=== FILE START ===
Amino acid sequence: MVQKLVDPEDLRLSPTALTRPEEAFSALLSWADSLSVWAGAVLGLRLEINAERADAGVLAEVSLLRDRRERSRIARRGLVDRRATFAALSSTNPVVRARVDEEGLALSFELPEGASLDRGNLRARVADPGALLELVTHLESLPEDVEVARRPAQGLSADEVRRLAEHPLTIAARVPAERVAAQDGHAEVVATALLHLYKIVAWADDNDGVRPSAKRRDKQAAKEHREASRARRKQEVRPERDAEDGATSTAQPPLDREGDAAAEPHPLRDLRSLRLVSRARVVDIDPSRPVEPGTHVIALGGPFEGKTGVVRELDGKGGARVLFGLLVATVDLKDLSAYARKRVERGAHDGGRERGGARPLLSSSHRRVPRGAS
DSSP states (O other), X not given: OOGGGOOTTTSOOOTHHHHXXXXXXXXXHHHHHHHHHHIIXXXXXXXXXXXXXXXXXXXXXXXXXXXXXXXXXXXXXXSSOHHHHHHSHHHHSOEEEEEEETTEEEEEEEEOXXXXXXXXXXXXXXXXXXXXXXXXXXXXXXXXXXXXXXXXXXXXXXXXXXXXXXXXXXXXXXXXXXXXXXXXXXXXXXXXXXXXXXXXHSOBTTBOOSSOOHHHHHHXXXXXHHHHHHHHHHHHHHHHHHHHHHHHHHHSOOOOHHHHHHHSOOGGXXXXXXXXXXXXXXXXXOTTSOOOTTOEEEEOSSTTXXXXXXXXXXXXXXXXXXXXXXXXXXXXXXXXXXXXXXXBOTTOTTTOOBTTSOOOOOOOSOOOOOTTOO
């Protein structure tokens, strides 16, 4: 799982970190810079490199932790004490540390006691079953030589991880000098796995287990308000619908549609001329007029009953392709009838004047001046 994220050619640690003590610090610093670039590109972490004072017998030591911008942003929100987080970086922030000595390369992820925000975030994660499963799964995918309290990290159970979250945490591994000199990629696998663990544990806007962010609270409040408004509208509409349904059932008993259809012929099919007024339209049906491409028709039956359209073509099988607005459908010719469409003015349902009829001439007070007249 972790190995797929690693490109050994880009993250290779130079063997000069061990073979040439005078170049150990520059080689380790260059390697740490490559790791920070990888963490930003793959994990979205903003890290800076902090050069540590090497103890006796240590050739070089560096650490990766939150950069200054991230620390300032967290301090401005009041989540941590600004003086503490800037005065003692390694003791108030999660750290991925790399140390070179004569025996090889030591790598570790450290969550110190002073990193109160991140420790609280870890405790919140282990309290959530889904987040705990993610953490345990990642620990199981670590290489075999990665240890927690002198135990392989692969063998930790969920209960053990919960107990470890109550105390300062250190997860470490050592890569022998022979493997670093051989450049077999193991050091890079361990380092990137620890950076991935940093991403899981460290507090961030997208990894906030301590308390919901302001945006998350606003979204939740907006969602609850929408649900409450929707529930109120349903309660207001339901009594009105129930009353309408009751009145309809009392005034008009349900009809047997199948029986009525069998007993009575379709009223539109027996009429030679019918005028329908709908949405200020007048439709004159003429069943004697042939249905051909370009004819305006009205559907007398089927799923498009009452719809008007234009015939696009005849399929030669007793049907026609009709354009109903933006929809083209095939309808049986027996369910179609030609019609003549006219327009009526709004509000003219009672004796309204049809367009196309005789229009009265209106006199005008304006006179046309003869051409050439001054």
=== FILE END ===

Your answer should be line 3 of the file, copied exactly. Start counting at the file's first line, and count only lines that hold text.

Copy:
């Protein structure tokens, strides 16, 4: 799982970190810079490199932790004490540390006691079953030589991880000098796995287990308000619908549609001329007029009953392709009838004047001046 994220050619640690003590610090610093670039590109972490004072017998030591911008942003929100987080970086922030000595390369992820925000975030994660499963799964995918309290990290159970979250945490591994000199990629696998663990544990806007962010609270409040408004509208509409349904059932008993259809012929099919007024339209049906491409028709039956359209073509099988607005459908010719469409003015349902009829001439007070007249 972790190995797929690693490109050994880009993250290779130079063997000069061990073979040439005078170049150990520059080689380790260059390697740490490559790791920070990888963490930003793959994990979205903003890290800076902090050069540590090497103890006796240590050739070089560096650490990766939150950069200054991230620390300032967290301090401005009041989540941590600004003086503490800037005065003692390694003791108030999660750290991925790399140390070179004569025996090889030591790598570790450290969550110190002073990193109160991140420790609280870890405790919140282990309290959530889904987040705990993610953490345990990642620990199981670590290489075999990665240890927690002198135990392989692969063998930790969920209960053990919960107990470890109550105390300062250190997860470490050592890569022998022979493997670093051989450049077999193991050091890079361990380092990137620890950076991935940093991403899981460290507090961030997208990894906030301590308390919901302001945006998350606003979204939740907006969602609850929408649900409450929707529930109120349903309660207001339901009594009105129930009353309408009751009145309809009392005034008009349900009809047997199948029986009525069998007993009575379709009223539109027996009429030679019918005028329908709908949405200020007048439709004159003429069943004697042939249905051909370009004819305006009205559907007398089927799923498009009452719809008007234009015939696009005849399929030669007793049907026609009709354009109903933006929809083209095939309808049986027996369910179609030609019609003549006219327009009526709004509000003219009672004796309204049809367009196309005789229009009265209106006199005008304006006179046309003869051409050439001054």